Teach Your Dog To Sit
In the book Handbook Of Applied Dog Behavior And Training, author Steven R Lindsey cites one of the most common causes of stress for dogs is “poorly predicted and uncontrollable training events” (Lindsey vol. 1:112). For this reason many trainers and behaviorist recommend owners structure their interactions with the dog by teaching the dog to sit and then having the dog sit before they pet it, feed it, play with it, let it out the door, etc. The consistency on the owners part helps greatly with stress related issues and behavior problems in general.

To teach your dog to sit, hold a treat to the dogs nose and elevate the treat into the air enough so the dog tips it head up, but does not jump. When the dog sits, praise the dog and give it the treat. When it is easy to get the dog to sit, say “sit” before you put the treat to the dogs nose.

Appropriate Chewing
In addition to teaching your dog to sit, you also want to teach it what to chew on. Many dogs chew on things as a way of reducing stress. There are many great chew items on the market for dogs, just make sure what you give can not have chunks broken off. If your dog does remove chunks of the chew item, remove it immediately and upgrade to a stronger chew.

Owners Fears and Stress
Many owners also experience some degree of fear and stress over adopting a dog. This is a big decision, it is not uncommon to wonder, “Did I do the right thing.” “Did I pick the right dog.” “Is this dog going to destroy my house or be harmful in some way.” These are normal emotions. They are the emotions of someone who wants the pet to work out but also understands things can go wrong. The solution to owner anxiety is to be proactive so the owner is in control.

The first steps to being proactive happen before you have a new dog. Ideally potential dog owners contact a dog trainer before acquiring a dog to find out what questions they should be asking to screen out dogs that will have problems they are unwilling to work with. Owners also want to find out how to prevent problems from occurring in the first place and get those systems set up before bringing home the dog. Prevention techniques will ensure the smoothest transition and the least about of trouble.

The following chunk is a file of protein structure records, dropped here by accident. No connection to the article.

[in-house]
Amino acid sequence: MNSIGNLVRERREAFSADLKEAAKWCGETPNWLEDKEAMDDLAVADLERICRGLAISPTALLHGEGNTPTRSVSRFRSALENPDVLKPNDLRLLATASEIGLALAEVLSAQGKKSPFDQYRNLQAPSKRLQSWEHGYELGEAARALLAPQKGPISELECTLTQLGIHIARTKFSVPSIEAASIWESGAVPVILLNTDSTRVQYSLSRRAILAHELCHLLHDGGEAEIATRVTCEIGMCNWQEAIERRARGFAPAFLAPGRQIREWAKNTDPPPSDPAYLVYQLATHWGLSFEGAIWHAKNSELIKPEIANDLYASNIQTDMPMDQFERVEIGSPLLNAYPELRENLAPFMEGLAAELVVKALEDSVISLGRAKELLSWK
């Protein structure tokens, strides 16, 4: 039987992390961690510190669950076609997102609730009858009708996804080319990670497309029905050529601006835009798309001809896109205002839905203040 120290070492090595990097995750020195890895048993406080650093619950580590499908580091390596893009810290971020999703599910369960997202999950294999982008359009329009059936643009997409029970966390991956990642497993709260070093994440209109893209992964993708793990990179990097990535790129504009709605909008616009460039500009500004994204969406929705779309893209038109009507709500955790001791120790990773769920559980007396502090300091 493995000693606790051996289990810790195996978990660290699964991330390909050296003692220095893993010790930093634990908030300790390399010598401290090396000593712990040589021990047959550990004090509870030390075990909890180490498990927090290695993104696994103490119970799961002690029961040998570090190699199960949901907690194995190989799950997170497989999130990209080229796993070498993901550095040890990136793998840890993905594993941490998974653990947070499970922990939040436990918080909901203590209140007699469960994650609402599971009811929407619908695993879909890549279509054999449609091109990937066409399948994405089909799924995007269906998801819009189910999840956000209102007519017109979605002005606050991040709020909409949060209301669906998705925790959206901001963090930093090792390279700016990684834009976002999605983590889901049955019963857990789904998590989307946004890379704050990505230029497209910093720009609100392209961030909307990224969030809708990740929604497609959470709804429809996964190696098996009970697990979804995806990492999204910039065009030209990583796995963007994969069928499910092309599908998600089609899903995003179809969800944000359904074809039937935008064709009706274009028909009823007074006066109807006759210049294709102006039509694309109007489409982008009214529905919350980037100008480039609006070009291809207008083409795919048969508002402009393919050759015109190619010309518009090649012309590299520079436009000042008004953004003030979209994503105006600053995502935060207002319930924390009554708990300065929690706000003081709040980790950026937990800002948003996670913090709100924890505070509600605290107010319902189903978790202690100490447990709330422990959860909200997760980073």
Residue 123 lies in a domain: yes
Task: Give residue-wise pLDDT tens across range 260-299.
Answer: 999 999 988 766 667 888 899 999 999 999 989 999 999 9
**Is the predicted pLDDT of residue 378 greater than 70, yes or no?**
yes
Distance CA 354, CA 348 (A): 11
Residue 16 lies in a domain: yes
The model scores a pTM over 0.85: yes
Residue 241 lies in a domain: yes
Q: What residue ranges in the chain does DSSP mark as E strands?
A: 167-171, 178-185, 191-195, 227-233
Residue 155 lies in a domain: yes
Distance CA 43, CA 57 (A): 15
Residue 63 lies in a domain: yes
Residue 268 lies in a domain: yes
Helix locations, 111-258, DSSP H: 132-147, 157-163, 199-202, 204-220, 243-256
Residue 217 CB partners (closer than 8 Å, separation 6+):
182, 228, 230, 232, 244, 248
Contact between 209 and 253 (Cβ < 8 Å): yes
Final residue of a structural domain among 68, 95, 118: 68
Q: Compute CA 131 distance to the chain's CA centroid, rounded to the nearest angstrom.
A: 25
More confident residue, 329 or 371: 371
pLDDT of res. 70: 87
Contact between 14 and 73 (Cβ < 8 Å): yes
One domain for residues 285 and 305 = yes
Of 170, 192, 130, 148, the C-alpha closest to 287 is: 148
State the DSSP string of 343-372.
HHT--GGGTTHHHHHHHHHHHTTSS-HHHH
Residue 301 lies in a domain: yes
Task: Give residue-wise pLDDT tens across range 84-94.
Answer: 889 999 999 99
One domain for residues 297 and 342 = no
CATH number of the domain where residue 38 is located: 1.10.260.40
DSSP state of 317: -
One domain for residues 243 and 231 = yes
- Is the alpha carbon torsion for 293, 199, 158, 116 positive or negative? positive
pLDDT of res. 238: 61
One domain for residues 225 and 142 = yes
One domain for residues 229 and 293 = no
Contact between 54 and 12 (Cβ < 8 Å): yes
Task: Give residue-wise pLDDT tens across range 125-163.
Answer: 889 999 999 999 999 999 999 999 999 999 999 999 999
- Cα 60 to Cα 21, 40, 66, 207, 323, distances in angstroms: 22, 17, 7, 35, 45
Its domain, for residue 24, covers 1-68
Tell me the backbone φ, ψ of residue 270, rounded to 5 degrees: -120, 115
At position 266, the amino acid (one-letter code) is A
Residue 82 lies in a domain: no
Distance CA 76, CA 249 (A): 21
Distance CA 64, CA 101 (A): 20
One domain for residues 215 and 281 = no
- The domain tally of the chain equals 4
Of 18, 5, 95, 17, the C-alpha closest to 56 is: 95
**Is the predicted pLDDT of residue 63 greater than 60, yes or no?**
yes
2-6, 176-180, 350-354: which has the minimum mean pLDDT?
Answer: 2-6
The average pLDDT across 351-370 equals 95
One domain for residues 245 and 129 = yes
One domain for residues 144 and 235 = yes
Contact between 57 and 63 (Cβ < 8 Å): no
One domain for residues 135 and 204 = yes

Too late, you have already picked out your dog and have it home! That’s ok, you can still make changes to your household to ensure the dog learns appropriate behaviors and experiences the least amount of stress, contact a trainer now.

You will also want to speak with a dog trainer or behaviorist about training classes and plan to begin a class as soon as possible. Attending a structured training class gives you the support you need to ensure success; you will be in control instead of at the mercy of the unknown. You will be learning how to communicate to your dog and what your dog is trying to communicate to you.

Work Cited

     Hennessy, M B. Davis, HN. Williams, MT. Mellott, C. Douglas, C W. “Plasma cortisol levels of dos in a county animal shelter,” Physcology and Behavior 62 (1997): 485-90

     Hennessy, M B. Williams, M T. Miller, D. Douglas, C W. Voith, VL. “Influence of male and female petters on plasma cortisol and behavior Can human interaction reduce the stress of dogs in public animal shelters.” Applied Animal Behavior Science 61 (1998): 63-77

     Lindsey, Steven R, Handbook Of Applied Dog Behavior And Training 3 vols. Ames Iowa, Iowa State Press, 2000

     Pettijohn T F. Wong, T W. Ebert, P D. Scott J P. “Alleviation of separation distress in 3 breeds of young dogs.” Developmental Psychobiology 10 (1977): 373-381